Haute couture giants spearhead energy sobriety efforts
The last several months have seen Parisians scaling the walls of shops and boutiques to switch off the lights. They are self-appointed enforcers of Mayor Anne Hidalgo’s efforts to decrease energy consumption ahead of a winter of high costs. Hidalgo announced in September that the city would turn out the lights on many of the city’s iconic landmarks – including the Eiffel Tower, Champs-Elysees, and city hall – earlier than usual. Even the city’s Christmas display will switch off at 11:45 p.m. rather than the customary 2 a.m. With Europe’s energy markets greatly affected by Russia’s ongoing invasion of Ukraine, it seems the City of Lights is too lit up. Headquartered in Paris, the world’s largest luxury group, LVMH, takes this energy sobriety seriously. Named for the quintessentially French brands Louis Vuitton, Moet, and Hennessey that merged in 1987, the company consists of 75 brands in total, a who’s who of luxury. LVMH is not only doing its part in Paris, it’s taking energy sobriety worldwide.
Making a Pledge
Around the time of Hidalgo’s announcement, LVMH made one of its own, pledging to reduce its energy consumption worldwide by 10% by October 2023. In late October, the conglomerate announced a three-year partnership with Hang Lung Properties, the owner of the retail space that houses 97 of LVMH’s stores in mainland China. In it, Hang Lung said it will cut energy use by 18% across 100 malls by 2025, and LVMH pledged to monitor energy consumption with bimonthly reports and source 70% of materials from within 300 miles of stores.
“We have been in a context of very high tension on the energy market, in particular on the electricity and power market, and we have tried to act proactively to present a plan for energy sobriety,” LVMH environment development director Hélène Valade said at the Life 360 in Stores conference. “We do things which are more profound in terms of energy efficiency because we are talking about issues which are complex, sophisticated in a city.”
LVHM estimates it has already cut energy usage in the La Samaritaine department store in Paris by as much as 40%. Significant cuts across the more than 5,000 stores the $330 billion company and its subsidiaries operate worldwide could make quite a difference.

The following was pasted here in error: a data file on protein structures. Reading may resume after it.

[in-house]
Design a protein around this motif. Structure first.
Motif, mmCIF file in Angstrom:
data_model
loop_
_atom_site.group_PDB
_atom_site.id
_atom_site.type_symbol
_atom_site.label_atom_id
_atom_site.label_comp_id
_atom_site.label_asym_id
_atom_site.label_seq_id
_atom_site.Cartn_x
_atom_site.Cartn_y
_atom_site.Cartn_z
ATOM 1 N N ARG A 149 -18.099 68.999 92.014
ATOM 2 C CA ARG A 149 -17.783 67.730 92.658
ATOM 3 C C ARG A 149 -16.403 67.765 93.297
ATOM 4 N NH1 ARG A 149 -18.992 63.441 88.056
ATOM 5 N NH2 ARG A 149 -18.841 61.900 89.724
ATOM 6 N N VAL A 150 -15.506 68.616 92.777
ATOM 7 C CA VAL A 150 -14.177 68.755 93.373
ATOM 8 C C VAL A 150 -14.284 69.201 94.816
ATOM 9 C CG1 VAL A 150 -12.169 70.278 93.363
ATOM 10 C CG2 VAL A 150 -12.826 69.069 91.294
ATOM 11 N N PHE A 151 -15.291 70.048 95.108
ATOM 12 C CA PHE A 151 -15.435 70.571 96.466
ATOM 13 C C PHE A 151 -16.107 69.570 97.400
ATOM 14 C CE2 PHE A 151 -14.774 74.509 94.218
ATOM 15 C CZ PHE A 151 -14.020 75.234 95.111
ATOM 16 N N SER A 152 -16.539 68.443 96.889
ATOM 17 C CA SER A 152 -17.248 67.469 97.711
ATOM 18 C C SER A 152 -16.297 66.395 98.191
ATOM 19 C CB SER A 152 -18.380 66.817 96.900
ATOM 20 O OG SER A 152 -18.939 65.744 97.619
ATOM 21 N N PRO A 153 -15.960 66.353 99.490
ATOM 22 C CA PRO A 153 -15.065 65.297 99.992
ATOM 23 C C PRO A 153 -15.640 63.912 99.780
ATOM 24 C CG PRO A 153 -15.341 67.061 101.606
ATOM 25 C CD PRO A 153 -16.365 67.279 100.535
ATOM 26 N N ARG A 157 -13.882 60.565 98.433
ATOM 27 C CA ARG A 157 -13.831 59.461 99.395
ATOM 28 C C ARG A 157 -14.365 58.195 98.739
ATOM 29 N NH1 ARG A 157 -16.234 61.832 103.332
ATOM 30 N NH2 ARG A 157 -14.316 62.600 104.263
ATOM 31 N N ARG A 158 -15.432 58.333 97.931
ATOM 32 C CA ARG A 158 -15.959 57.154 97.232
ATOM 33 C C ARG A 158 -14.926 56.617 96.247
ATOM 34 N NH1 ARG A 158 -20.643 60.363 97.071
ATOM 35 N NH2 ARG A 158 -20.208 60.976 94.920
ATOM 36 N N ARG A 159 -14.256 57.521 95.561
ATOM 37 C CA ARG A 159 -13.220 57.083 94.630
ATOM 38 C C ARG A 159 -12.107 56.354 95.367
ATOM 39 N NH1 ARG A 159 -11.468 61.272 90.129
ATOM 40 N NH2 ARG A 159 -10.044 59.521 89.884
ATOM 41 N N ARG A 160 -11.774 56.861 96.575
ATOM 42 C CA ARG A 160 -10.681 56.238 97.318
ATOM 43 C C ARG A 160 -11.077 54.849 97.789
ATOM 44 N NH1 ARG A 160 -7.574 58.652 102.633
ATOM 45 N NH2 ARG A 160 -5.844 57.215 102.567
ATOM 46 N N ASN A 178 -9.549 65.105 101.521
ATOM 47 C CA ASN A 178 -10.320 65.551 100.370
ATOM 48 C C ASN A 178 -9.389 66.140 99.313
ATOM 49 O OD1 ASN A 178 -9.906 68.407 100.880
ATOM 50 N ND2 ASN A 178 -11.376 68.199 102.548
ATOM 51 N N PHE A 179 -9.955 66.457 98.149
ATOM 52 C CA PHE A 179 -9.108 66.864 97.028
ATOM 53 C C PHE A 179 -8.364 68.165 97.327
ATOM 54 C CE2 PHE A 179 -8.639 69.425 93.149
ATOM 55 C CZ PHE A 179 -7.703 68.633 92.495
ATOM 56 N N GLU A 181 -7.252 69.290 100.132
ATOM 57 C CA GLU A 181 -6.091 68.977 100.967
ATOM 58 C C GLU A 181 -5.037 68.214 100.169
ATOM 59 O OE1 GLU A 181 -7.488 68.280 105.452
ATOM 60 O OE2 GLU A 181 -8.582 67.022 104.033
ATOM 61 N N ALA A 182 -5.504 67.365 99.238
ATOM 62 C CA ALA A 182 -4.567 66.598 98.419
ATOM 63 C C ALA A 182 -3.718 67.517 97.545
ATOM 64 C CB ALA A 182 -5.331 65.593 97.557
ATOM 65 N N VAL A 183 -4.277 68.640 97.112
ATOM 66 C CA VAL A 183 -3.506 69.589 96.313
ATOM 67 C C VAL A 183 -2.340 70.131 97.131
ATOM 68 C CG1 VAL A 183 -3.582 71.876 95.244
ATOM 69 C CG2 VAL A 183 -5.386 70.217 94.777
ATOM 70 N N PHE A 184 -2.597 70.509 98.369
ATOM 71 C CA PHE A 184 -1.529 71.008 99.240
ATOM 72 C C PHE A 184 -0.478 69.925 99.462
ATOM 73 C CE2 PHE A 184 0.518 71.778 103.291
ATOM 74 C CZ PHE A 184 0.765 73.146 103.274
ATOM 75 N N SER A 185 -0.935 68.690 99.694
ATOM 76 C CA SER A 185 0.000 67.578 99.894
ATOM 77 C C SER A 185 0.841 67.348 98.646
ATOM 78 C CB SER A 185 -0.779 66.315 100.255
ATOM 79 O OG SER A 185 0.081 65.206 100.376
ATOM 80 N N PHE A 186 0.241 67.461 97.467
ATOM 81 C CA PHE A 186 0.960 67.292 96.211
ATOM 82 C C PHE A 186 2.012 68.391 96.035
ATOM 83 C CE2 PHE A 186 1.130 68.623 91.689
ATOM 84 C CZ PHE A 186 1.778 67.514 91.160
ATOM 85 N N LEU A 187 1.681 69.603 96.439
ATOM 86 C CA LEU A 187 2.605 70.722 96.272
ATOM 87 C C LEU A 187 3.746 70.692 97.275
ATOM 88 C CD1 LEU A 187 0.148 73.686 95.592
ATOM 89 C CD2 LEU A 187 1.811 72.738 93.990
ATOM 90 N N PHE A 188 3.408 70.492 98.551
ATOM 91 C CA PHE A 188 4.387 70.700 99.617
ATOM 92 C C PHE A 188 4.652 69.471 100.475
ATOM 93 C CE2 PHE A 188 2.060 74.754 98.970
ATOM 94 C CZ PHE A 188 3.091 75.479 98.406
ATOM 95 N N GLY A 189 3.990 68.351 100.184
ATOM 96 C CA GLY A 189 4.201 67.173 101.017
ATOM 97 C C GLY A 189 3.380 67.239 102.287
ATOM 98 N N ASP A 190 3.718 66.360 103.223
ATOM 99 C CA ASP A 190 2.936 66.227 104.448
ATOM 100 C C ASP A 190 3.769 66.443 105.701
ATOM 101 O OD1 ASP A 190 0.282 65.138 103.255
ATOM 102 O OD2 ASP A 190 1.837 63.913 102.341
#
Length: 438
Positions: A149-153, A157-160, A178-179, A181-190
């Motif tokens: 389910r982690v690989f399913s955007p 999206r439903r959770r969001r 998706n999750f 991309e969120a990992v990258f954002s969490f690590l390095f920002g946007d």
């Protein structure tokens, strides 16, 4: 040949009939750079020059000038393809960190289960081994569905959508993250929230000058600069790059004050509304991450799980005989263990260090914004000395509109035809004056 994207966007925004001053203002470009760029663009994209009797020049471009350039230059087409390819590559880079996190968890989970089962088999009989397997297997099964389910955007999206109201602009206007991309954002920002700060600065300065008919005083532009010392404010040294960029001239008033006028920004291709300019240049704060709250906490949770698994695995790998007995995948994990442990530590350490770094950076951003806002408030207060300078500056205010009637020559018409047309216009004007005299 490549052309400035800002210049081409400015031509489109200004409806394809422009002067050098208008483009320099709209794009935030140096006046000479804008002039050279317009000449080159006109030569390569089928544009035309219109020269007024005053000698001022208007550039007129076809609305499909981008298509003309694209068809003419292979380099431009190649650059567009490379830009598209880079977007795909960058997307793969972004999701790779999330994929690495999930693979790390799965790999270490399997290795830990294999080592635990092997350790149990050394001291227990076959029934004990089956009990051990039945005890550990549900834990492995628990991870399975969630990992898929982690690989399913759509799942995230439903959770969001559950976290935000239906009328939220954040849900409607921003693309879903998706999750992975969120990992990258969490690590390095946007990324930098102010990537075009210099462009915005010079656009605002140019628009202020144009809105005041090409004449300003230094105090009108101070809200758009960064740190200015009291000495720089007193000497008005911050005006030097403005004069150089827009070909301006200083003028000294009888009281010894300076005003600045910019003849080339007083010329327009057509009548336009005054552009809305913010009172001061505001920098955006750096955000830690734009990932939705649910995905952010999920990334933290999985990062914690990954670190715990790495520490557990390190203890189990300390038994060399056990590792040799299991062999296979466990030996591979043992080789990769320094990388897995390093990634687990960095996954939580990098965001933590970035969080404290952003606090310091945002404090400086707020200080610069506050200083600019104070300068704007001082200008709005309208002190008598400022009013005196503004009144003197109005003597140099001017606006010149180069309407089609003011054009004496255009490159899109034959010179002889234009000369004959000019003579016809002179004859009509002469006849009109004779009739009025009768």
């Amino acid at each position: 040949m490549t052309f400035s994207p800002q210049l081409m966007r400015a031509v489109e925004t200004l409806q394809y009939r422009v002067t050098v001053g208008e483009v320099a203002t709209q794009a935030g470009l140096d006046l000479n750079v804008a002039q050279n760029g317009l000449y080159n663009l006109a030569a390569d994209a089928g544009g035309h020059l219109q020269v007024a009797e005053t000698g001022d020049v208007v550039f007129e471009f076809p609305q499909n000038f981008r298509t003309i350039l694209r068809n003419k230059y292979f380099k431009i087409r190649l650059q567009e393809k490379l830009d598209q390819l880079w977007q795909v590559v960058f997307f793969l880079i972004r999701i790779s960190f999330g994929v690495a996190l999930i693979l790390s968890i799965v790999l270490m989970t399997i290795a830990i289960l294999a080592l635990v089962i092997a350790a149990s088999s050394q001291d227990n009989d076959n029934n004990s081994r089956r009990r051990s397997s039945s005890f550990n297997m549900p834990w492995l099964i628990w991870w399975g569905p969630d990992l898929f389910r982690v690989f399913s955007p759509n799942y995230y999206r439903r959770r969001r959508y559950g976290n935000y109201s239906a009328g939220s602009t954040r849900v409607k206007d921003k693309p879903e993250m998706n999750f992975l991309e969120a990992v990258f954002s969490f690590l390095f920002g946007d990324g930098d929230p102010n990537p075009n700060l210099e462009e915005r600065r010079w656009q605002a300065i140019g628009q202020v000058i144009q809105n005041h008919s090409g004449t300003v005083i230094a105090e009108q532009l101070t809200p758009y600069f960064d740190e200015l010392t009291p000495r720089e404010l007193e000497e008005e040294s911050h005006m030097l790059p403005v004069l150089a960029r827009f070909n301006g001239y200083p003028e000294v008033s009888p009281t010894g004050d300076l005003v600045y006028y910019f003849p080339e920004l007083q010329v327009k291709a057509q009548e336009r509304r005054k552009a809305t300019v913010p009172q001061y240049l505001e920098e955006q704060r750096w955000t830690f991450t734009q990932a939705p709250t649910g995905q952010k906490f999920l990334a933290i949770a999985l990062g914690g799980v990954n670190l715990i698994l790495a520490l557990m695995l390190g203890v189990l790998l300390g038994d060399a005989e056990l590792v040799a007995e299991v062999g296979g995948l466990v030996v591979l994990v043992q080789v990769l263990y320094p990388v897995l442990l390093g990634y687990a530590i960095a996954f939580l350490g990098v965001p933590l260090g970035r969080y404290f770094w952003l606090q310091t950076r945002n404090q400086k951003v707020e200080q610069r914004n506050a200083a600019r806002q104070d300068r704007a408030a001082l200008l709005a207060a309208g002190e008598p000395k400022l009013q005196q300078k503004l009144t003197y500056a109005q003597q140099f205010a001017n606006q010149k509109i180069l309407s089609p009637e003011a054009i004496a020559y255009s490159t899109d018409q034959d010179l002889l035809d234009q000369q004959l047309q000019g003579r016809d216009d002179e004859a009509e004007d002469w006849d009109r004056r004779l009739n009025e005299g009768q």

Operating in Hong Kong and mainland China, Hang Lung Properties has a market cap of about $6.5 billion and aims for carbon neutrality by 2050.
“This partnership will make a positive impact in real estate and retail globally,” vice chair Adriel Chan said. “This brings me to one of my favorite aspects of sustainability, the fact that it is a positive sum game, in what often feels like a zero-sum world. We’re setting an important example for the entire real estate sector. And we hope that it will inspire many more collaborations with our other tenants, and for LVMH with their other real estate partners.”
Taking a cue from LVMH, Italian fashion house Valentino announced its own energy sobriety measures, shutting off the lights at its 95 worldwide boutiques at 10 p.m. to save 800-kilowatt hours a day, the equivalent of 13,000 light bulbs.
As part of its “conscious-driven journey,” Valentino said, it will focus on the environment “both locally with an eye on territorial areas and globally.” The company says it already sources 80% of its energy from renewables.
Earlier this year, Valentino announced a partnership with Karma Metrix to reduce the carbon footprint of its website.
“The CO2 emissions linked to websites, due to the fossil fuels powering data centers and end devices, alongside the current ineffective methodologies – are at such high levels to have raised imminent awareness on digital sustainability. According to the Global Carbon Project, the Web in fact ranks as the fourth ‘country’ in the world for carbon dioxide emissions,” Valentino said.
The company has also revamped two of its signature sneakers by making them from recycled vegan materials and ditched fur and angora and alpaca wool as part of its Open for a Change initiative.
Valentino and LVMH hope other luxury brands will follow suit in energy sobriety, and LVMH head of image and environment Antoine Arnault said the company is looking to strike similar deals with property developers in the U.S. and Europe, where most of its stores are.
LVMH and Hang Lung hope their partnership is just the beginning of sweeping changes in the fashion world. To keep the conversation going, they cohosted a retail, real estate, and climate forum simultaneously in Paris, Hong Kong, and Shanghai in late November.
“It is the first time with LVMH and the Hang Lung team to define the duty of each one to ameliorate the environmental management of boutiques, in a collaborative partnership,” Valade told Women’s Wear Daily. “The precise measures are not yet defined, but we thought it would be more effective to sit down with LVMH teams and operational teams to discuss and decide formats to make our work, construction, mobilization, and valuation more efficient.”
In addition to energy sobriety, the forum explored circularity, social impact, and other sustainability goals.
“Ambitious environmental objectives must therefore be shared by both partners, or there is a risk that these goals will not be achieved,” Arnault said.
Perhaps the light LVMH and Hang Lung have shown on luxury retail’s energy consumption might make the sustainability outlook brighter across the industry.